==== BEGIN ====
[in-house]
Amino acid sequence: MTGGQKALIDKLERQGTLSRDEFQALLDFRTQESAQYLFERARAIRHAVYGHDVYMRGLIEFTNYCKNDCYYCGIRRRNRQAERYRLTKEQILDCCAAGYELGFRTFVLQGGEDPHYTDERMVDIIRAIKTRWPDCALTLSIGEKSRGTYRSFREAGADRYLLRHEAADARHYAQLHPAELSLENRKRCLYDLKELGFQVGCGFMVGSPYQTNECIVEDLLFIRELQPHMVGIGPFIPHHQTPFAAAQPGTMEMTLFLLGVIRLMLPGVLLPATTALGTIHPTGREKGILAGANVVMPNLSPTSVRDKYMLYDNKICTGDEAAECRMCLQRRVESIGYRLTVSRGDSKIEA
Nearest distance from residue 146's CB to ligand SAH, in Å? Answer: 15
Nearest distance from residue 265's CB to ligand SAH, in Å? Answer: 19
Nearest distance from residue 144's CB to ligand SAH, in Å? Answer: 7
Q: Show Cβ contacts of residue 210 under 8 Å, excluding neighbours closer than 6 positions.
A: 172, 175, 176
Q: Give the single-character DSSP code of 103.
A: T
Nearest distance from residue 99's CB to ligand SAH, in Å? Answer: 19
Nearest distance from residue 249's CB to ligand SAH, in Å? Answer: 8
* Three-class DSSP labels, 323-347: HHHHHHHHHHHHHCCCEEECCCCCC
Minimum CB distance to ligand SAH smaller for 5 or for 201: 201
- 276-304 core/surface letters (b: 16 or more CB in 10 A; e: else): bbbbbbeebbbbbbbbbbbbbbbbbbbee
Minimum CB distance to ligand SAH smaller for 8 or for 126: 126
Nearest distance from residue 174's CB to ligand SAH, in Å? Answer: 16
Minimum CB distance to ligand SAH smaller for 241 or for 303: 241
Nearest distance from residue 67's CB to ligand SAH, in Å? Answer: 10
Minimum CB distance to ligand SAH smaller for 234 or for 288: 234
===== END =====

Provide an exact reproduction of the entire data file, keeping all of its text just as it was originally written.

[in-house]
Amino acid sequence: MTGGQKALIDKLERQGTLSRDEFQALLDFRTQESAQYLFERARAIRHAVYGHDVYMRGLIEFTNYCKNDCYYCGIRRRNRQAERYRLTKEQILDCCAAGYELGFRTFVLQGGEDPHYTDERMVDIIRAIKTRWPDCALTLSIGEKSRGTYRSFREAGADRYLLRHEAADARHYAQLHPAELSLENRKRCLYDLKELGFQVGCGFMVGSPYQTNECIVEDLLFIRELQPHMVGIGPFIPHHQTPFAAAQPGTMEMTLFLLGVIRLMLPGVLLPATTALGTIHPTGREKGILAGANVVMPNLSPTSVRDKYMLYDNKICTGDEAAECRMCLQRRVESIGYRLTVSRGDSKIEA
Nearest distance from residue 146's CB to ligand SAH, in Å? Answer: 15
Nearest distance from residue 265's CB to ligand SAH, in Å? Answer: 19
Nearest distance from residue 144's CB to ligand SAH, in Å? Answer: 7
Q: Show Cβ contacts of residue 210 under 8 Å, excluding neighbours closer than 6 positions.
A: 172, 175, 176
Q: Give the single-character DSSP code of 103.
A: T
Nearest distance from residue 99's CB to ligand SAH, in Å? Answer: 19
Nearest distance from residue 249's CB to ligand SAH, in Å? Answer: 8
* Three-class DSSP labels, 323-347: HHHHHHHHHHHHHCCCEEECCCCCC
Minimum CB distance to ligand SAH smaller for 5 or for 201: 201
- 276-304 core/surface letters (b: 16 or more CB in 10 A; e: else): bbbbbbeebbbbbbbbbbbbbbbbbbbee
Minimum CB distance to ligand SAH smaller for 8 or for 126: 126
Nearest distance from residue 174's CB to ligand SAH, in Å? Answer: 16
Minimum CB distance to ligand SAH smaller for 241 or for 303: 241
Nearest distance from residue 67's CB to ligand SAH, in Å? Answer: 10
Minimum CB distance to ligand SAH smaller for 234 or for 288: 234